Most indicators suggest grapes and almonds will continue to top California agriculture.

They’ve done well in part because demand for both has remained high. Almond prices peaked in 2014-15 at $4/pound and fell to $2.43 in 2019, but sales have stayed robust, especially to export markets. Grape prices (across all types) crept up during the drought to a high of $899/ton in 2017 and in 2019, at $846/ton, remained well above pre-drought levels that had never reached $600/ton.

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“For reasons around general economics and, again, water,” Fumasi said, “we expect to see a slowdown and maybe a plateauing of acreage” being converted to almonds over the next 5-10 years. But he added the rate of expansion was already slowing heading into the current dry period. He said table grape acreage has also been declining, though labor costs are a significant factor in that change.

A major difference for California agriculture between the start of the last drought and the current situation is the implementation of the Sustainable Ground Water Management Act.

“Just because the Sustainable Groundwater Management Act passed in 2014, doesn’t mean we can’t pump groundwater,” Fumasi said, noting that agriculture will use more this year.  But it does change the dynamic and the political climate.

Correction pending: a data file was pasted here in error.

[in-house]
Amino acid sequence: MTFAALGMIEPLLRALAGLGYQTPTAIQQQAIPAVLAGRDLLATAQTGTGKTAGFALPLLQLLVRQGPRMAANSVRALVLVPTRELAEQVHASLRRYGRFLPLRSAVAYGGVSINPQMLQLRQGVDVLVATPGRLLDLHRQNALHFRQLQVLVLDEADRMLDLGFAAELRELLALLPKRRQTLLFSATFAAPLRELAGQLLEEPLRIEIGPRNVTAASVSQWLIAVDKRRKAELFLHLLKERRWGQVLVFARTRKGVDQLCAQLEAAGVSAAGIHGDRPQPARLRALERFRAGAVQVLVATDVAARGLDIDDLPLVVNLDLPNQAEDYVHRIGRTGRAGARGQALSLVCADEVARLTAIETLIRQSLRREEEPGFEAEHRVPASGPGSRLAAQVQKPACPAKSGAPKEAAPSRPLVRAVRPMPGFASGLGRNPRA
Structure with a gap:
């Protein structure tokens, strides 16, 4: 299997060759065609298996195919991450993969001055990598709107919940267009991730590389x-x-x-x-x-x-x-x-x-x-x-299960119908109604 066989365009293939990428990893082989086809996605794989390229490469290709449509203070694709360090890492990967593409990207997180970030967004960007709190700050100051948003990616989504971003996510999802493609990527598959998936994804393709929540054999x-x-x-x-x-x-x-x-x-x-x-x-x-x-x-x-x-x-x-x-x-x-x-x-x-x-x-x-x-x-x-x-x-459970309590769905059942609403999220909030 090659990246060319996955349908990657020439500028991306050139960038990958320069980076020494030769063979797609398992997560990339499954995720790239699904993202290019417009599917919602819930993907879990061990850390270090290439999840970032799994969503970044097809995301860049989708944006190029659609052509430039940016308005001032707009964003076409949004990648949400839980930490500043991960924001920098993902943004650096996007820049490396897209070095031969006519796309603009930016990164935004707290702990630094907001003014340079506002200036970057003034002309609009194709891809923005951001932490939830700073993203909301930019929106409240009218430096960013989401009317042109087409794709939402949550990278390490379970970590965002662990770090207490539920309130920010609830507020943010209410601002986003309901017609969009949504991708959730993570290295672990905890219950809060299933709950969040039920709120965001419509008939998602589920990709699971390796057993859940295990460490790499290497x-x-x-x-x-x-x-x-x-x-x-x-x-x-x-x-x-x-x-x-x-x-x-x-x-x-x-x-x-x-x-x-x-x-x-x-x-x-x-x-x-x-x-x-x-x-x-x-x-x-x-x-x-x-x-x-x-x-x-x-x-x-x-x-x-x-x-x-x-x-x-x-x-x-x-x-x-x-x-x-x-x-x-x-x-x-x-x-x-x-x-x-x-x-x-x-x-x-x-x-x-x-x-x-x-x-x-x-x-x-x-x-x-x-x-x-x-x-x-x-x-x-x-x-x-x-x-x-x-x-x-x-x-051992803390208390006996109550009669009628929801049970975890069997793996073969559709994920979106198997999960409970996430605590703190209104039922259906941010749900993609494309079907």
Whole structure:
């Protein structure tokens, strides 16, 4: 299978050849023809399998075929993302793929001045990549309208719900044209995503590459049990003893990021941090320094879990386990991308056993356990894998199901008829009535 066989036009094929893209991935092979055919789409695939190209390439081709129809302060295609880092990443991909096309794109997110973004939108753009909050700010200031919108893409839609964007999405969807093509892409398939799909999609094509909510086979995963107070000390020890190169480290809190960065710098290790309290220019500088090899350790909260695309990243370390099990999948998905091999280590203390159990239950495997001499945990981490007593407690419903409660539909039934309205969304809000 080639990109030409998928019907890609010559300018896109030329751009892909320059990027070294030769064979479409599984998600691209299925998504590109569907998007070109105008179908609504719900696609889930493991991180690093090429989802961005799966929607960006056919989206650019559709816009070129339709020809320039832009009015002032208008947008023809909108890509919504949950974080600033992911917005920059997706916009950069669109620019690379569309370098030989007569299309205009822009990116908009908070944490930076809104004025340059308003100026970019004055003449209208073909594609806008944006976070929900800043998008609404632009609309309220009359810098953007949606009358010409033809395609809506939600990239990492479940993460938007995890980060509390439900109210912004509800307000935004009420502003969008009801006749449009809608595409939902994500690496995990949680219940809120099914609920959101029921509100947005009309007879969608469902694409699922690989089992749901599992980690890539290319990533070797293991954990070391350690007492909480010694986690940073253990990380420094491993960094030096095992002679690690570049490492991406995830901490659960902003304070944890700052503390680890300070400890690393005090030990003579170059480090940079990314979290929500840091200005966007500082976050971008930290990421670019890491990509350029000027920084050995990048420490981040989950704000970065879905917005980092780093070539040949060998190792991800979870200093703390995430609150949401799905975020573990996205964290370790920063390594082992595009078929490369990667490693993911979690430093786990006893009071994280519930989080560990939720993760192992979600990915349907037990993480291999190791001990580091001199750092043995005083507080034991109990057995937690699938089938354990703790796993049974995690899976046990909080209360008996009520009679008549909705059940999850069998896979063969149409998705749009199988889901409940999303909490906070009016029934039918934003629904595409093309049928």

“We’re currently working on a groundwater management guide for growers just to say, ‘these are your options,’” Ludwig said. But the ABC is also exploring how orchards might play a role in groundwater recharge during flood years, she said, by evaluating where and when conditions in certain almond orchards might be appropriate for flooding.  

Merkley, who has worked for the state Water Board and also been critical of it, says that even though droughts tend to attract a lot of attention, California’s climate is also characterized by recurring floods and he wants to see the state ramp up its ability to hang onto that water and use it for agriculture.

Longer droughts, he says, are going to be punctuated by heavy rainfall and snowfall years. “We’ve got to take advantage of these ‘in-betweens’ and it’s just hard to do,” he said, in the current regulatory environment. He estimates as many as a million acres could be idled this year because of drought conditions “and this could have been avoided had the state done a better job of preparing after the last drought.”